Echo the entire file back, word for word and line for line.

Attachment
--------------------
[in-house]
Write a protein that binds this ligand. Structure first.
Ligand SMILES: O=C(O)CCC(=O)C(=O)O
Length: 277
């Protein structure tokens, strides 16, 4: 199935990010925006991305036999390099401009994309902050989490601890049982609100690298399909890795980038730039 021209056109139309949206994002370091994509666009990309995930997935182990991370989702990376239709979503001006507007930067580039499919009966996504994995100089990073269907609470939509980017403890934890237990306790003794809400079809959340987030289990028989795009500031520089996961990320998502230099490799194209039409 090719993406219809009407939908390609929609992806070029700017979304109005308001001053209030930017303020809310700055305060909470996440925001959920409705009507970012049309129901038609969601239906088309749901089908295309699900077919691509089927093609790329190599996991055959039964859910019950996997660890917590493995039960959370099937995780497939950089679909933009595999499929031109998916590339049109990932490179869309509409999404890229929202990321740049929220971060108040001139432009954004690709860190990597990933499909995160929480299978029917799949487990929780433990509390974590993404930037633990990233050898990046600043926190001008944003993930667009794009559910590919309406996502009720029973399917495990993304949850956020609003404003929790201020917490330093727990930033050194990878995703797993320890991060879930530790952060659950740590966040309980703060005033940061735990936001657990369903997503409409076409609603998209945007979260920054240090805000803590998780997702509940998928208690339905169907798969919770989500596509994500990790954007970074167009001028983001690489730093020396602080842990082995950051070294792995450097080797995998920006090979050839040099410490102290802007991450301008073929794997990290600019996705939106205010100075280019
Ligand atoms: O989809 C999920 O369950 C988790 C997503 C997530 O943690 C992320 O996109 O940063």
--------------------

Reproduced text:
[in-house]
Write a protein that binds this ligand. Structure first.
Ligand SMILES: O=C(O)CCC(=O)C(=O)O
Length: 277
């Protein structure tokens, strides 16, 4: 199935990010925006991305036999390099401009994309902050989490601890049982609100690298399909890795980038730039 021209056109139309949206994002370091994509666009990309995930997935182990991370989702990376239709979503001006507007930067580039499919009966996504994995100089990073269907609470939509980017403890934890237990306790003794809400079809959340987030289990028989795009500031520089996961990320998502230099490799194209039409 090719993406219809009407939908390609929609992806070029700017979304109005308001001053209030930017303020809310700055305060909470996440925001959920409705009507970012049309129901038609969601239906088309749901089908295309699900077919691509089927093609790329190599996991055959039964859910019950996997660890917590493995039960959370099937995780497939950089679909933009595999499929031109998916590339049109990932490179869309509409999404890229929202990321740049929220971060108040001139432009954004690709860190990597990933499909995160929480299978029917799949487990929780433990509390974590993404930037633990990233050898990046600043926190001008944003993930667009794009559910590919309406996502009720029973399917495990993304949850956020609003404003929790201020917490330093727990930033050194990878995703797993320890991060879930530790952060659950740590966040309980703060005033940061735990936001657990369903997503409409076409609603998209945007979260920054240090805000803590998780997702509940998928208690339905169907798969919770989500596509994500990790954007970074167009001028983001690489730093020396602080842990082995950051070294792995450097080797995998920006090979050839040099410490102290802007991450301008073929794997990290600019996705939106205010100075280019
Ligand atoms: O989809 C999920 O369950 C988790 C997503 C997530 O943690 C992320 O996109 O940063």